In short, we can sum up the benefits of vitamin C right here:
- Produces collagen (firms skin and reduces wrinkles)
- Provides UV protection from harmful rays
- Improves the texture and tone of the skin
- Prevents and actively fades dark spots
- Fights free radical damage (i.e.: cigarette smoke, household chemicals, environmental toxins)
What is Vitamin C?
Vitamin C is a powerful antioxidant found in our skin. It’s part of a synergistic group of chemicals that exist to protect the skin from free radical damage as listed above and overall premature aging. When the skin is exposed to UV light, pollution, toxins and other stressors, Vitamin C protects the skin from oxidative stress. It does this by transferring electrons to neutralize free radicals, which in turn, stops the damage of these molecules in its tracks. Free radicals are harmful because they are an unstable atom which means they bounce around the body looking for other atoms to attach to. If an antioxidant is present, then the antioxidant will bond with those pesky free radicals and prevent them from causing harm.
Vitamin C Fights Hyperpigmentation/Melasma
Hyperpigmentation, or melasma, is one of the most common skin concerns we face as we age. The damage which was done in our younger years starts presenting as we get into our 30’s and 40’s. This is when Vitamin C becomes a very important step in your regime. What we are looking to achieve (science level) is to find a Vitamin C that interrupts the key steps of melanogenesis. The key steps of melanogenesis are interrupted by inhibiting melanin production.
- Melanocyte: Melanin-producing cells
- Melasma: Skin condition usually triggered by hormones resulting in brown patches on the face
- Melanogenesis: When melanocytes produce melanin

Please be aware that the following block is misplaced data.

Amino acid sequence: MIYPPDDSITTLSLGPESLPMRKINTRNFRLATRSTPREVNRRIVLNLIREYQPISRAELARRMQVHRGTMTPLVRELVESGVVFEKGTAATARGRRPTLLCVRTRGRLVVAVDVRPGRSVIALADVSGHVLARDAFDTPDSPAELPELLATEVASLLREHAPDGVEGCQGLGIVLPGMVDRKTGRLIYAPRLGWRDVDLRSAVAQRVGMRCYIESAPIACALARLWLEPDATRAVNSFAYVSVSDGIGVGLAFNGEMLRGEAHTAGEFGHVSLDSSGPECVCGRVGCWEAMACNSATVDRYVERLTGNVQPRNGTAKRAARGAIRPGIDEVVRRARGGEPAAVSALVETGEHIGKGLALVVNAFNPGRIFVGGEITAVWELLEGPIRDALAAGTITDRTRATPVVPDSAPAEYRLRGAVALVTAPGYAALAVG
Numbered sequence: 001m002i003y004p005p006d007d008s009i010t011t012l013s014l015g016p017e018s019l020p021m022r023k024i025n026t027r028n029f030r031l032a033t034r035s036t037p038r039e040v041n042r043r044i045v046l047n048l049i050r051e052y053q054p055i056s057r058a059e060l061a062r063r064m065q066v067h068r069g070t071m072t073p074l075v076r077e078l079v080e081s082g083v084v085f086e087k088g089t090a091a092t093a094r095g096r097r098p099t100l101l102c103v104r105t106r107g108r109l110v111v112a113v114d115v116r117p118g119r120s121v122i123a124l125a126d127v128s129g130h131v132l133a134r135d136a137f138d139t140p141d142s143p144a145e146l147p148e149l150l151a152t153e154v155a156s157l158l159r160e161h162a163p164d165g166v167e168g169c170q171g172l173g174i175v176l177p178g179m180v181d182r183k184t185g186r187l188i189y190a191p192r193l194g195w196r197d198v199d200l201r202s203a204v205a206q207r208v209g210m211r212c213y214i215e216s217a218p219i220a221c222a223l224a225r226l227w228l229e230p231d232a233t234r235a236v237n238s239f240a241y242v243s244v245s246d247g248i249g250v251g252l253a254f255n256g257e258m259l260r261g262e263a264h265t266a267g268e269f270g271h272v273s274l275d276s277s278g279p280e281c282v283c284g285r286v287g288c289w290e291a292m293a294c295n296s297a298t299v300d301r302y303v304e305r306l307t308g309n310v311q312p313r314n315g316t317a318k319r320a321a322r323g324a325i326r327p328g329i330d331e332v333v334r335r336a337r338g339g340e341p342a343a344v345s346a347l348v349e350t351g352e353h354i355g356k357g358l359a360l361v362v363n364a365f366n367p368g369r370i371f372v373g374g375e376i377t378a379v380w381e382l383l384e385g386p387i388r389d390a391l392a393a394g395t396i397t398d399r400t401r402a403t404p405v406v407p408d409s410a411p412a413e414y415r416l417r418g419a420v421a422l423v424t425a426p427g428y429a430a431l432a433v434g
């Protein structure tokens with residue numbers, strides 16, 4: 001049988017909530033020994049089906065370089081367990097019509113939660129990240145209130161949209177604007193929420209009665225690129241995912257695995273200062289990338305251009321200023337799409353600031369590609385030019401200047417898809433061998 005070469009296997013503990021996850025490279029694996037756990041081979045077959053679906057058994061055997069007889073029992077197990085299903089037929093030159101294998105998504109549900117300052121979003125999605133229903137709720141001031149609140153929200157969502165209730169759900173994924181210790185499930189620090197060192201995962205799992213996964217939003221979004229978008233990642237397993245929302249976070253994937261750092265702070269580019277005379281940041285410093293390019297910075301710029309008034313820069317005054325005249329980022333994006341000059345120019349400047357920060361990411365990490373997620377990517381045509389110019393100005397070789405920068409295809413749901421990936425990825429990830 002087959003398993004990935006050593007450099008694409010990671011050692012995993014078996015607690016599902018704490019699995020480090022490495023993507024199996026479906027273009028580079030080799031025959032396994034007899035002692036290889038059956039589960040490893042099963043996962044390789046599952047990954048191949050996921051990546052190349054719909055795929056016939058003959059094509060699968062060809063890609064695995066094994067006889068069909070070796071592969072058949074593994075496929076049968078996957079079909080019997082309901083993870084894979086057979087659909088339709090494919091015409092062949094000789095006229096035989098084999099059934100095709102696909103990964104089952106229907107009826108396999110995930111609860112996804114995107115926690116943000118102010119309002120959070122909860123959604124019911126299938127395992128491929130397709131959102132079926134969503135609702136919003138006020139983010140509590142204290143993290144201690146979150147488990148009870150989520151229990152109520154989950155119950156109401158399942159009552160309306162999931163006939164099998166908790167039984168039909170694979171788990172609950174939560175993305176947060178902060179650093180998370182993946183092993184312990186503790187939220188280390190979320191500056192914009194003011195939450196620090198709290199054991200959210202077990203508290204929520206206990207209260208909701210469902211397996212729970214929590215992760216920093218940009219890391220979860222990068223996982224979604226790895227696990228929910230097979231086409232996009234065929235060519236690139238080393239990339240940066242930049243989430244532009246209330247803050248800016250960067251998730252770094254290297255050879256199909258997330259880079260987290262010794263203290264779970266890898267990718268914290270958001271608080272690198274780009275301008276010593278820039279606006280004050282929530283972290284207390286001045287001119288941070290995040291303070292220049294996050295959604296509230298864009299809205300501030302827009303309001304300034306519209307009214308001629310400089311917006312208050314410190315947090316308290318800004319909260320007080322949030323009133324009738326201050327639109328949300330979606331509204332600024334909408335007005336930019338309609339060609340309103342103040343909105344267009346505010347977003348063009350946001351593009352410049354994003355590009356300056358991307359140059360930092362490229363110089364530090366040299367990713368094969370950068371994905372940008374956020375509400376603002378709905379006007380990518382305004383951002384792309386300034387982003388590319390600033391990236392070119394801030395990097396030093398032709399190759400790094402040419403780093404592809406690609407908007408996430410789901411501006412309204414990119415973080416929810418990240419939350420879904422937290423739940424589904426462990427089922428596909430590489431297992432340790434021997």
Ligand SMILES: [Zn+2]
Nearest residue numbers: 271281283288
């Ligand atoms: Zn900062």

- Tyrosinase: Speeds up the production of melanin
- Melanin: A natural pigment responsible for giving skin and hair its color
Vitamin C Promotes Collagen Production
Vitamin C is also essential for collagen production. Collagen is one of the most important proteins in the skin. It’s responsible for keeping skin firm and strong. An abundance of collagen is found in skin until our late 20’s but then begins to deplete as we age, which is one of the ways wrinkles form. This is also why I speak so passionately about liquid collagen as well.
In order for our body to synthesize collagen, the precursor “procollagen” is formed by amino acids. Vitamin C has a key role in the formation of the polypeptide chains which make up procollagen.
Photoaging is damage caused by the sun’s UV exposure. Vitamin C protects the skin from photoaging using an antioxidant mechanism to neutralize free radicals as I mentioned above. When the skin is exposed to UV light, pollution, smoke, toxins and other stressors which cause this damage, Vitamin C protects the skin from this oxidative stress. Vitamin C donates electrons to neutralize the free radicals which stops the destruction.
Vitamin C Reduces Inflamation
Vitamin C is a NFkB inhibitor, which means it plays a key role in the inhibition of inflammation in the body and skin. This is important for inflammatory skin conditions like acne and rosacea.
Stability VS. Bioavability
THIS IS IMPORTANT!!! The benefits of Vitamin C cannot be achieved if you’re using a form which is not bioavailable to the skin. Bioavailability to the skin is the ability for your skin to utilize Vitamin C to produce the desired benefits I’ve talked about thus far. When applied to the skin, Vitamin C derivatives must change back to ascorbic acid before it can be bioavailable to the skin. One of the main factors to ensure the vitamin c can enter the skin is the ph level. We cannot apply pure Vitamin C straight to the skin. The delivery of vitamin c has everything to do with the way our skin is structured. Our skin at the surface level likes oil so pairing a c with an oil or an “oil loving” ingredient allows for absorption. One of the top sellers on the market is Skin Ceuticals C+E Ferulic Acid. Vitamin E is one of the best oil loving ingredients out there. Both are antioxidants and both work on regenerating skin cells.
Vitamin C Rich Foods
Since our topical Vitamin C serums typically don’t go past the dermal layer of our skin, it’s important to get enough through your diet as well. Here are some great ways to incorporate this amazing vitamin.
- Red pepper